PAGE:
The road was littered with car wrecks, left just to the side of the road, perhaps as a warning to others. Frequently they had been turned into shrines, where a loved one had died. We noticed that sometimes truck drivers would act as if the whole length of the truck had completely cleared whatever they were overtaking as soon as the cab was passed, pushing the other one off the road, with nowhere to go. The technique is to anticipate that that is what is going to happen and break sharply as they pass, then you stay on the road. The further East we went the more the driving deteriorated.

Another thing we noticed was that big is mighty, and mighty is always right. The biggest truck always has right of way, and always wins. Adapt diving methods to accommodate local methods! And don't have an accident, even if it is not your fault. Have you heard this one before? "You are the foreigner. If you were not in our county there would not have been an accident, therefore it is your fault." Maybe not Yugoslavia, but definitely some regions.

It had the air of a fifties movie

Yugoslavia was probably the first experience of a significantly different culture. West Germany and Austria still had a Western European feel to them even if the language was different. Quite a few people could speak some English, so communicating was not a major obstacle. You can get by. Yugoslavia was different. It was communist for a start. It had the air of a fifties movie, a little stuck in time, unable to move forward, apart from isolated pockets. It was also very rural. There were towns and cities of course, and we drove through a few of them. But the lasting impression is of countryside, with farming still being part of the horse drawn era, with the occasional innovation of a small tractor. Perhaps a simpler idyll, or just a harsher existence.

We stopped at a very small village, a little away from the main route. Sometimes we would cook for ourselves, and sometimes we would allow somebody else to cook and wash up for us. We tentatively went into a place that may have been a bar / cafe. Yes, it was, and it was crowded, Full of the noise of happy people talking to each other. We ordered something to eat by the newly acquired skill of pointing to somebody else's plate. We were happily eating, when something very strange happened. It suddenly went quiet. Nobody had rung a bell or anything like that. just everybody stopped talking, and then they left. All of them. It was 8:00pm.  We were left on our own with only the staff left. They did not try to chase us out as if it was past closing time, and we did not feel threatened by the circumstance. However, it did feel odd, so we finished our meal and left. Then back to the truck and our beds, on the floor.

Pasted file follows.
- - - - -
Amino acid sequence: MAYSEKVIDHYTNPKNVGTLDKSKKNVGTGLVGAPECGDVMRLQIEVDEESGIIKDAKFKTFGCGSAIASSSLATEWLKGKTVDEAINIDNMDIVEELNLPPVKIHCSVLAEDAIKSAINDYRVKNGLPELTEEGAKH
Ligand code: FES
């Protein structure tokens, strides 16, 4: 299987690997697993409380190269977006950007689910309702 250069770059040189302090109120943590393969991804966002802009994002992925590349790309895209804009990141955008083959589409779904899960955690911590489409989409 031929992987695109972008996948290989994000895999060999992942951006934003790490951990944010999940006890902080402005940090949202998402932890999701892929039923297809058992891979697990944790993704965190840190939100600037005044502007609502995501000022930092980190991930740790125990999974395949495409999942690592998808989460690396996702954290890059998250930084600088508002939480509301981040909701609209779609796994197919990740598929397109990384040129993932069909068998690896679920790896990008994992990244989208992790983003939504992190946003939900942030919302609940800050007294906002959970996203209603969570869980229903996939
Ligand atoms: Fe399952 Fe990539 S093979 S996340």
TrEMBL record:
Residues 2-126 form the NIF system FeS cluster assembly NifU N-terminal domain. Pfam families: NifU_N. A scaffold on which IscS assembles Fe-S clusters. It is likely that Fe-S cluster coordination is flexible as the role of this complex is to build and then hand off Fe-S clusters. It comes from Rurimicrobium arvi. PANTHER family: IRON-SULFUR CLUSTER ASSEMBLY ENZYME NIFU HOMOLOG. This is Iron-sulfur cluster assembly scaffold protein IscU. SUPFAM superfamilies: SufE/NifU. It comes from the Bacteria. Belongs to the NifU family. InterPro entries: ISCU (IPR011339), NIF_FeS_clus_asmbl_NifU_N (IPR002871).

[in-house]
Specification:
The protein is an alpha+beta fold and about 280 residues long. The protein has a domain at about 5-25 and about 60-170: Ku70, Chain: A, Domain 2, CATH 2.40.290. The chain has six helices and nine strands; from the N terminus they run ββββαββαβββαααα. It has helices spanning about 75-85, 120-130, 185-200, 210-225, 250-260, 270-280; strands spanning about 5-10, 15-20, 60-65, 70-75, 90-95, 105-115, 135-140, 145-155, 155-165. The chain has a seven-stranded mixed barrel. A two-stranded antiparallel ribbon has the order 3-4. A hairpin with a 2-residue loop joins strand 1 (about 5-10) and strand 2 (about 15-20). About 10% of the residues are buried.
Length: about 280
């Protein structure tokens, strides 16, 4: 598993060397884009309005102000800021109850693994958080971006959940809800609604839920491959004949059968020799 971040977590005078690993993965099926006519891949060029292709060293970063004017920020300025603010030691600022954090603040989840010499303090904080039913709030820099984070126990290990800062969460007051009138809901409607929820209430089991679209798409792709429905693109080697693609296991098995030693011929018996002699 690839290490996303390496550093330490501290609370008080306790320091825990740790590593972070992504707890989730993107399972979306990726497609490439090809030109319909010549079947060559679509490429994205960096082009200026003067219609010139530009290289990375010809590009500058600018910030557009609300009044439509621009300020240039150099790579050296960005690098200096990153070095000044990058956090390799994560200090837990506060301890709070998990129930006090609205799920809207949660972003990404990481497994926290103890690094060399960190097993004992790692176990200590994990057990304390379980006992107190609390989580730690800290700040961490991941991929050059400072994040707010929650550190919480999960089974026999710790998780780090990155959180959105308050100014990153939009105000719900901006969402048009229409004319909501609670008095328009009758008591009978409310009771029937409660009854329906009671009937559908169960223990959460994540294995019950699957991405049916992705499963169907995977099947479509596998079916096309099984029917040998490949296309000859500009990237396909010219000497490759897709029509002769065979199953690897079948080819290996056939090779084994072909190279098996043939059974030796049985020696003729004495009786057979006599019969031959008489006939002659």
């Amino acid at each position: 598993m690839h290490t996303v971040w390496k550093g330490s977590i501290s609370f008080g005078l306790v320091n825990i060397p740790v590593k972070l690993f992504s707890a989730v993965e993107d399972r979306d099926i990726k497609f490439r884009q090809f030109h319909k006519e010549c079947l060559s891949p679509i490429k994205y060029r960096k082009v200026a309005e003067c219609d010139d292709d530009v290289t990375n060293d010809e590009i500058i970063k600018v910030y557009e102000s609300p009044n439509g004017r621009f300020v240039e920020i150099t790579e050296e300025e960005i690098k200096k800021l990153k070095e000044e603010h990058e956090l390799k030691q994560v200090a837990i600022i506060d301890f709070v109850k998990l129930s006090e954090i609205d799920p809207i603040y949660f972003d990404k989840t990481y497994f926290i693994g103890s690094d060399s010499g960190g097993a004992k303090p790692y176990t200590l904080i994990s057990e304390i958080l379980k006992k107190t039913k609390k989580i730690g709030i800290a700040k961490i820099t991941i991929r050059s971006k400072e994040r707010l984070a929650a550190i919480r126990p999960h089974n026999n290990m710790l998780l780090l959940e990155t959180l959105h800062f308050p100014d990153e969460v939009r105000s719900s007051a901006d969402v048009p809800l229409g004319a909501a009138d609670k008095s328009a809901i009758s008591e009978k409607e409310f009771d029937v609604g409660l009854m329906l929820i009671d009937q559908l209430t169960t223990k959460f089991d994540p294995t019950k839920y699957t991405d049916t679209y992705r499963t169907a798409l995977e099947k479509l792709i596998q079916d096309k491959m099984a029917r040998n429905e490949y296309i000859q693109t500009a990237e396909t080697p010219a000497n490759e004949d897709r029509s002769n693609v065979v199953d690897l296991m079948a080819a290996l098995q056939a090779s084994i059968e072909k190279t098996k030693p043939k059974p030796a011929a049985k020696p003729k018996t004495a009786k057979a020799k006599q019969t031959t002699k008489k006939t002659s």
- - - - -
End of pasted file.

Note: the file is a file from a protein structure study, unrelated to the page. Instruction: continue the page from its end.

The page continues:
Now, I know that it is wrong to make assumptions or generalisations about anything based on a single experience. But it did seem a bit like the communist state was involved. We will never really know but it was if it was an edict than between ?:00, maybe 7:00 and 8:00 you shall go out and enjoy oneself, but at 8:00pm you shall go home an get on with living you harsh existence. Produce for the common good an we will allow you an hour of happy chat. Yes, I know it is all more complicated than that.


In Greece the lasting memory is of the campsite in Thessaloniki. We also went to the motor repair district, but why? I don't recall, at the moment.

Turkey, the European side


One of the early lessons we learnt in Istanbul is that traffic lights seem to be optional. I suspect that the Turkish police don't agree with this interpretation.

Red traffic lights are optional, and the bigger the vehicle you have the more optional the red light becomes

Istanbul is a big city, with large approach roads crawling slowly towards the centre. As with lots of cites, roads like that are littered with traffic lights. On reds we would dutifully stop, only to be passed by other vehicles ignoring the reds. This happened a few more times, so it was not a random aberration. We were both quite into people watching, which we would say gave us an advantage when trying to assimilate different situations. A few more times, an we thought we knew enough about the rules to join the game. Red traffic lights are optional, and the bigger the vehicle you have the more optional the red light becomes. 'the less often you have to stop and the more everybody else has to avoid you.